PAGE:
Some of these conferences were sponsored by groups or academic centers with particular interest in the teaching of the Vietnam War. The oldest is the Indochina Institute, at George Mason University. The William Joiner Center, at the University of Massachusetts--Boston, has been active in supporting the teaching of Vietnam. The Vietnam Veterans Institute has become a major player in this field in recent years. The Center for the Study of American Wars, at Oklahoma State University, is attempting to establish itself as a center of focus on the Korean and Vietnam conflicts. However, the new center of study of the Vietnam War in the country is now the Texas Tech University Center for the Study of the Vietnam Conflict. The Vietnam Center, housed in a magnificent new multi-million dollar International Cultural Center, is building a premier archive, starting with the papers of former Commander of Naval Operations Admiral Elmo Zumwalt and the extensive Indochina Archive, Douglas Pike's invaluable collection transferred from the Institute of East Asian Studies at the University of California--Berkeley. The Center is negotiating to acquire copies of Vietnam's archives as well. The large triennial conferences and the annual topically-focued conferences at the Vietnam Center have established Lubbock, Texas as the center of the study of the Vietnam Conflict for the near future.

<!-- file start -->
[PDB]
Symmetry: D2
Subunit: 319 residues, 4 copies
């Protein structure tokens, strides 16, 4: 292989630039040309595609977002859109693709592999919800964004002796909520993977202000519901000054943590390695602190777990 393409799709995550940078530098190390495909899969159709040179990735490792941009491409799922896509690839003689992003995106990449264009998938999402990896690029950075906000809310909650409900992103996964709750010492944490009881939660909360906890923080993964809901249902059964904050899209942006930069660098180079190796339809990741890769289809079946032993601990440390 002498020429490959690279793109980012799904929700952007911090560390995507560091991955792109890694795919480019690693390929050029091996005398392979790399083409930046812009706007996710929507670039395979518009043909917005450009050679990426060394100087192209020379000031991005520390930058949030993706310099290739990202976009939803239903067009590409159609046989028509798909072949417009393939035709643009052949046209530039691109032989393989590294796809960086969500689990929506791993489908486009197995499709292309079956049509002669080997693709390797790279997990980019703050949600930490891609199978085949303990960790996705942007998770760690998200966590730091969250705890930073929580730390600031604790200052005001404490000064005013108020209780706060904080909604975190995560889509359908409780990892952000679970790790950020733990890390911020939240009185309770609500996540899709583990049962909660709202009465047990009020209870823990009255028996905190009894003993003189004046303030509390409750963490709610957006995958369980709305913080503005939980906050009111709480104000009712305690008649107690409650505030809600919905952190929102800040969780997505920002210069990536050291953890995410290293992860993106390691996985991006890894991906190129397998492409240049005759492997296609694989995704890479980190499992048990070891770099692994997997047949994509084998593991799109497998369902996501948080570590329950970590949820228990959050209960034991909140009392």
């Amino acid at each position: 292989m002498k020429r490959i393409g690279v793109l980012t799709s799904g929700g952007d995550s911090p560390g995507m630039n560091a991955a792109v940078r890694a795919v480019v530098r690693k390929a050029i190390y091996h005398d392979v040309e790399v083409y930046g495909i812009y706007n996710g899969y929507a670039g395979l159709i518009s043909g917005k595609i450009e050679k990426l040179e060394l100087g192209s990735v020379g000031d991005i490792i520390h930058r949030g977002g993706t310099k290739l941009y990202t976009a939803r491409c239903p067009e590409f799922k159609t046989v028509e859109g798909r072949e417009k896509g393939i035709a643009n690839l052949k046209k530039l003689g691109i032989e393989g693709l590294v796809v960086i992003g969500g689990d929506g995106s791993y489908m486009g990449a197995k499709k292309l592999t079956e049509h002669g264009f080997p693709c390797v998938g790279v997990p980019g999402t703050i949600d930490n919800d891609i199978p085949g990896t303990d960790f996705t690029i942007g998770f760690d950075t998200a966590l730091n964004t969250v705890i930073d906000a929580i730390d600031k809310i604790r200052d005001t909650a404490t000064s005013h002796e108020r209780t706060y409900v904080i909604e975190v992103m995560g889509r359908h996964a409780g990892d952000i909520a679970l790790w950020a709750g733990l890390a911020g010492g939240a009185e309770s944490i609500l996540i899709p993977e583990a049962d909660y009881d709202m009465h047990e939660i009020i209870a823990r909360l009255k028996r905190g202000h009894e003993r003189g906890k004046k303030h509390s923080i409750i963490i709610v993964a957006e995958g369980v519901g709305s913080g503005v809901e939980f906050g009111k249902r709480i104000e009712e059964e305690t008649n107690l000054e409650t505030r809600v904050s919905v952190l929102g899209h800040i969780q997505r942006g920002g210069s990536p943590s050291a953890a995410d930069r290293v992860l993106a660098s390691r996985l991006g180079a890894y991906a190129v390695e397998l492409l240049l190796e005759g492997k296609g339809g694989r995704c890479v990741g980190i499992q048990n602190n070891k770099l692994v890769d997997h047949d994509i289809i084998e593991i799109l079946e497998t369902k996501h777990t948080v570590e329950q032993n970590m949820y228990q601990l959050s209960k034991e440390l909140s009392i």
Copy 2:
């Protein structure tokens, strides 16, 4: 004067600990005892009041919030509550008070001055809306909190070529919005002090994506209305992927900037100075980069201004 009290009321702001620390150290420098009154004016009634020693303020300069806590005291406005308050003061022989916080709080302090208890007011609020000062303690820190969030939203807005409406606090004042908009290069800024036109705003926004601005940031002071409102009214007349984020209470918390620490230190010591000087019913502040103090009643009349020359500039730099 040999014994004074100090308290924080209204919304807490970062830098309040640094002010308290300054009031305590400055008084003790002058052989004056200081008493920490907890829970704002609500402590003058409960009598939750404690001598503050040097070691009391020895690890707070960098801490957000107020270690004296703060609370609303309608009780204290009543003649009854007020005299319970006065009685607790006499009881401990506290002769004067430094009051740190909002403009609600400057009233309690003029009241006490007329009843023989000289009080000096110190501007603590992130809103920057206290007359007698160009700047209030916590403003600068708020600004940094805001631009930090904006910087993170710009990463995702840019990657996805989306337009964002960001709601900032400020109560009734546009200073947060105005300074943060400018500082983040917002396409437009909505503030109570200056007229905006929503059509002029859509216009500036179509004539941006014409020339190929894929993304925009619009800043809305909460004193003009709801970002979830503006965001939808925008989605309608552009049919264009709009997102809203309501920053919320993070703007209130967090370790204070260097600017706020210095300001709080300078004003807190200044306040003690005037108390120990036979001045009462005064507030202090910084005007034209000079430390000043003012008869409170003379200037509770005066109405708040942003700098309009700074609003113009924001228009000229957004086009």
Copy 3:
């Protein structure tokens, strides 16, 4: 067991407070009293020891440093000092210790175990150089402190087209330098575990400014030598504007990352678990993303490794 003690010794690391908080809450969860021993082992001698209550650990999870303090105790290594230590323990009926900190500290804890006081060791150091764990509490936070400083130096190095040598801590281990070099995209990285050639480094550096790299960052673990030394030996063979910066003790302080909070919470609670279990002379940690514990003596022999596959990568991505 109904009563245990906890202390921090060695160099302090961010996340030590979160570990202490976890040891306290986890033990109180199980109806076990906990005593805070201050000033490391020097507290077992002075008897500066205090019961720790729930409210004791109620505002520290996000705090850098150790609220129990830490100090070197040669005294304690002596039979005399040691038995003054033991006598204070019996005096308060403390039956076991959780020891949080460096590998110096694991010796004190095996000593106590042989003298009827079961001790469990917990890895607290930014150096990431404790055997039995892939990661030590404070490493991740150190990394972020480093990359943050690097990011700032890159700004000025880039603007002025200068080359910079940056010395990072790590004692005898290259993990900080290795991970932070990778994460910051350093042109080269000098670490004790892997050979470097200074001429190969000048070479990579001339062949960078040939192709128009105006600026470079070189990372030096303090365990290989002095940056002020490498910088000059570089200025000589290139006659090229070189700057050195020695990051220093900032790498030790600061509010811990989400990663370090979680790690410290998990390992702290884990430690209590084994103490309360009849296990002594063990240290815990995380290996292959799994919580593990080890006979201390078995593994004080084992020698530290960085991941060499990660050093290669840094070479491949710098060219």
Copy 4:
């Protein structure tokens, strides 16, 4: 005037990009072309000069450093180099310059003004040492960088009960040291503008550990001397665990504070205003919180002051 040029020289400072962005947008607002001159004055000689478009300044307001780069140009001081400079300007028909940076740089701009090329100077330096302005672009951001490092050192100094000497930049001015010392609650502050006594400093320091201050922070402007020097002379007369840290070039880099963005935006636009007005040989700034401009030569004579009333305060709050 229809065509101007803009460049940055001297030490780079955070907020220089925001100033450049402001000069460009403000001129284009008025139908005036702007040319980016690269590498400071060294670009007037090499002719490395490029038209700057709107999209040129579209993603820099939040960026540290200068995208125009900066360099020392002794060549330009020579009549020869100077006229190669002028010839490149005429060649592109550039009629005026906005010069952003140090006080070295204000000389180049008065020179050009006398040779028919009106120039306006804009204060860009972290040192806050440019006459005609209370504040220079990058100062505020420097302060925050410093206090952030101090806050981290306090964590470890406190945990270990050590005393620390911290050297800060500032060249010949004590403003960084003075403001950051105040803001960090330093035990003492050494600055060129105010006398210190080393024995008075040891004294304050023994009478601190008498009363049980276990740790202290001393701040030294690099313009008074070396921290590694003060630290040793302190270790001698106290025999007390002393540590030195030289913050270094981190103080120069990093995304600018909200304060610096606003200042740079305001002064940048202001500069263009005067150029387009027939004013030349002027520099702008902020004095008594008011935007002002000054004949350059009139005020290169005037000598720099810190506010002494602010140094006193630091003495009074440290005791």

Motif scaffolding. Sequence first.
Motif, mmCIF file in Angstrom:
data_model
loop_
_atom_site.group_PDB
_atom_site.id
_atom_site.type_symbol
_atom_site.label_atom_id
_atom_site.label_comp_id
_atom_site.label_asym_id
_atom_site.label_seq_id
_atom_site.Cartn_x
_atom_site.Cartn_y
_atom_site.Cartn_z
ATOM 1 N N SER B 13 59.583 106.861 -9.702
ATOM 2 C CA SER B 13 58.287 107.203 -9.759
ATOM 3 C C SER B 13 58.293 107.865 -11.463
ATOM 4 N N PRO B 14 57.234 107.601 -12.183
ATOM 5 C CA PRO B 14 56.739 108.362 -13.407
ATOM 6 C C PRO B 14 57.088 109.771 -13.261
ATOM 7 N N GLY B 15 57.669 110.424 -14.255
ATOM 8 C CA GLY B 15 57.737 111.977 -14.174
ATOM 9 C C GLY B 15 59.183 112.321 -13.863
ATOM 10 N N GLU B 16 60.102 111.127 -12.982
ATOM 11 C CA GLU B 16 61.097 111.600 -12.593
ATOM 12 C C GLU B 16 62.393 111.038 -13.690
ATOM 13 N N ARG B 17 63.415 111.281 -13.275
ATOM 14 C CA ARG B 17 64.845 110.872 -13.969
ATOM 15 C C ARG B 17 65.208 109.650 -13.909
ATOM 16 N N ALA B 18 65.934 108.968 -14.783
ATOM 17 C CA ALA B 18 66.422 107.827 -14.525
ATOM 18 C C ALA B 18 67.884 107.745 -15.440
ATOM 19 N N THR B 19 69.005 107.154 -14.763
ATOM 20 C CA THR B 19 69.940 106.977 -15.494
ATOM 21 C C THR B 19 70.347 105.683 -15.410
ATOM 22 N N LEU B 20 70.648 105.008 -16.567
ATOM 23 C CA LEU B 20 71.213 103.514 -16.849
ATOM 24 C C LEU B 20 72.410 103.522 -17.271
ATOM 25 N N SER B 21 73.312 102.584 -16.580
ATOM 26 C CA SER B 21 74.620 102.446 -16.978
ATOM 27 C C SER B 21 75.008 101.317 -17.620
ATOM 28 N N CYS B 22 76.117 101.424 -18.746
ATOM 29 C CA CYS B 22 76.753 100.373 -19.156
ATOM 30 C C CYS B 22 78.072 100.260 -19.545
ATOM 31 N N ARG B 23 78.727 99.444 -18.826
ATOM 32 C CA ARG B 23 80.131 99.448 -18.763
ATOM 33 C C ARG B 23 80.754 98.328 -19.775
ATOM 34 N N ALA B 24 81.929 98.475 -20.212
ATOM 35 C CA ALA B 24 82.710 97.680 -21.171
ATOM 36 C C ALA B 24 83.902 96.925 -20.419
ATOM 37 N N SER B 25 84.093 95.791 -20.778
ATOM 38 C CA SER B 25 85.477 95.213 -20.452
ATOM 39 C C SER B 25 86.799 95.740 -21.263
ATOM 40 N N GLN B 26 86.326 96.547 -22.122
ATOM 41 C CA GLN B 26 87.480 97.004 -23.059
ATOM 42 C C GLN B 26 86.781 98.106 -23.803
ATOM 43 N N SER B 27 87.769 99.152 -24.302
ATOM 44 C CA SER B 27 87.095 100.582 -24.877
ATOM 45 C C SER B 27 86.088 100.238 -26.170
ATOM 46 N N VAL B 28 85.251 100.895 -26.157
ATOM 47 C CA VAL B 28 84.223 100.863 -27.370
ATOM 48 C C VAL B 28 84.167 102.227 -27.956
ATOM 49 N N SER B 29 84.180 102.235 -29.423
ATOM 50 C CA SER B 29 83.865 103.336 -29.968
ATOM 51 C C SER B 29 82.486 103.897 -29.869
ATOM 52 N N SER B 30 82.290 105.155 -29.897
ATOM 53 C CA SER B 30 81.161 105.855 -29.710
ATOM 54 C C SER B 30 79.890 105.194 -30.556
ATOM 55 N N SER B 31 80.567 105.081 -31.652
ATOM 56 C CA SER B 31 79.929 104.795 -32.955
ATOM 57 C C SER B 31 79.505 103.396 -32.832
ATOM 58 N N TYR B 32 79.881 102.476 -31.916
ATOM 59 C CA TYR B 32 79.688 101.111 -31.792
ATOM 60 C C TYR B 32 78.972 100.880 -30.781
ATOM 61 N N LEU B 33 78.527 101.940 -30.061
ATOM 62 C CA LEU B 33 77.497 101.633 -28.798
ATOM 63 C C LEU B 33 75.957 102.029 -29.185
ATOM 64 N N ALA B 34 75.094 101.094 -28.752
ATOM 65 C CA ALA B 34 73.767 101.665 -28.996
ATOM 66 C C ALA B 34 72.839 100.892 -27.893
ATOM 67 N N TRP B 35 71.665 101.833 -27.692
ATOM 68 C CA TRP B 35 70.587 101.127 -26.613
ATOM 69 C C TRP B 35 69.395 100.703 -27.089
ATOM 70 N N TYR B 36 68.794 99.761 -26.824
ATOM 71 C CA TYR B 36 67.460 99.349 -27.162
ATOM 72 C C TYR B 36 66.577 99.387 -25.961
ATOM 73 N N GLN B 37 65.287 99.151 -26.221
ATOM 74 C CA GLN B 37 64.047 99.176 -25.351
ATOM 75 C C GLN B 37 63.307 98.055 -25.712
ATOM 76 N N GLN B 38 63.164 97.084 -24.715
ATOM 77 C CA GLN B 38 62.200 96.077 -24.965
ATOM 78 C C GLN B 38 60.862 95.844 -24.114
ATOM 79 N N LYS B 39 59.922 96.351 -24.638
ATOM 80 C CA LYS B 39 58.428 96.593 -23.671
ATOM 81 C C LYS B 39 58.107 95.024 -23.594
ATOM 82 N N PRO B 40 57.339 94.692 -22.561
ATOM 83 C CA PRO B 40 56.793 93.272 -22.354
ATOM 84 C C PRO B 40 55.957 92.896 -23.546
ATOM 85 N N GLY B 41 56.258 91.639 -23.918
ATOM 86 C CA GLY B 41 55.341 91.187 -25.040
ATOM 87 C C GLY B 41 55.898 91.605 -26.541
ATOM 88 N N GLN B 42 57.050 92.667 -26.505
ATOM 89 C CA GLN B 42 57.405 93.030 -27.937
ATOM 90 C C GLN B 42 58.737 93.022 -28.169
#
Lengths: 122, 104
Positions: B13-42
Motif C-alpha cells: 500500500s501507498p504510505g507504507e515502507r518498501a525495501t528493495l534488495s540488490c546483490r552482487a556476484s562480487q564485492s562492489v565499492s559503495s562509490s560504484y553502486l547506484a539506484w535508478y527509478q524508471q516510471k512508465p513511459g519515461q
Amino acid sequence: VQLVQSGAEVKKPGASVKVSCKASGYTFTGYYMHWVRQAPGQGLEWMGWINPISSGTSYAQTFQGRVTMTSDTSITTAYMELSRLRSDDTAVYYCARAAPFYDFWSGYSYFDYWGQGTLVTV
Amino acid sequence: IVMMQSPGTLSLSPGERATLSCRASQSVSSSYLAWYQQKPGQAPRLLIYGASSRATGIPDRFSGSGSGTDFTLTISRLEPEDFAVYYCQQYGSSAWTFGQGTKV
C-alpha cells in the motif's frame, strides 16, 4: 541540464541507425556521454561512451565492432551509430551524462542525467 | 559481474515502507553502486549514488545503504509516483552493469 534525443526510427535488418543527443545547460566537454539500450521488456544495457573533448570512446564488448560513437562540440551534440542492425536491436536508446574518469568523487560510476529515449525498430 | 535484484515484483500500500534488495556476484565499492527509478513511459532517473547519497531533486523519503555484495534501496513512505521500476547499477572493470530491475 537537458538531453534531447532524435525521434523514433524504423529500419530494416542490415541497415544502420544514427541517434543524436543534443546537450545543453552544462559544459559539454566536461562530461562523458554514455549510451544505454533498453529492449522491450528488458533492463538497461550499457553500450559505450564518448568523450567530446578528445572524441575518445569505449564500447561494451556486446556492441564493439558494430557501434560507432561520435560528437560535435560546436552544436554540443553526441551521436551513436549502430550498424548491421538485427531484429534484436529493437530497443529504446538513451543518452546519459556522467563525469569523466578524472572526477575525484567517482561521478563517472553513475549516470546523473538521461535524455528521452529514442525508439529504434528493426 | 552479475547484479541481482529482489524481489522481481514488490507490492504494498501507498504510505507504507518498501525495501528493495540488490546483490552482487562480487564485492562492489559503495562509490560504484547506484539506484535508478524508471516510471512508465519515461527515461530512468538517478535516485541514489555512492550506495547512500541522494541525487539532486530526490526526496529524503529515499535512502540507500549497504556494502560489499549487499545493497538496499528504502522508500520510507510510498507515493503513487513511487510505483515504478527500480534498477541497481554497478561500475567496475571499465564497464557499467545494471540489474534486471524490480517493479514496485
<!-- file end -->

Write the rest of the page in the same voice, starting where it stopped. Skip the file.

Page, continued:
Beyond these high-profile conferences, teaching sessions on Vietnam are commonplace at history, political science, international studies, Asian studies, and increasingly at literature, sociology, media, and other conferences. The World History Association and the Association for Third World Studies deserve special note. Often teaching sessions are more prevalent at regional than national conferences. For instance, the Southeast Conference of the Association of Asian Studies for many years had at least one session annually on teaching Vietnam, and two books have emerged from these sessions.(11)

A Brief Note on Recent Books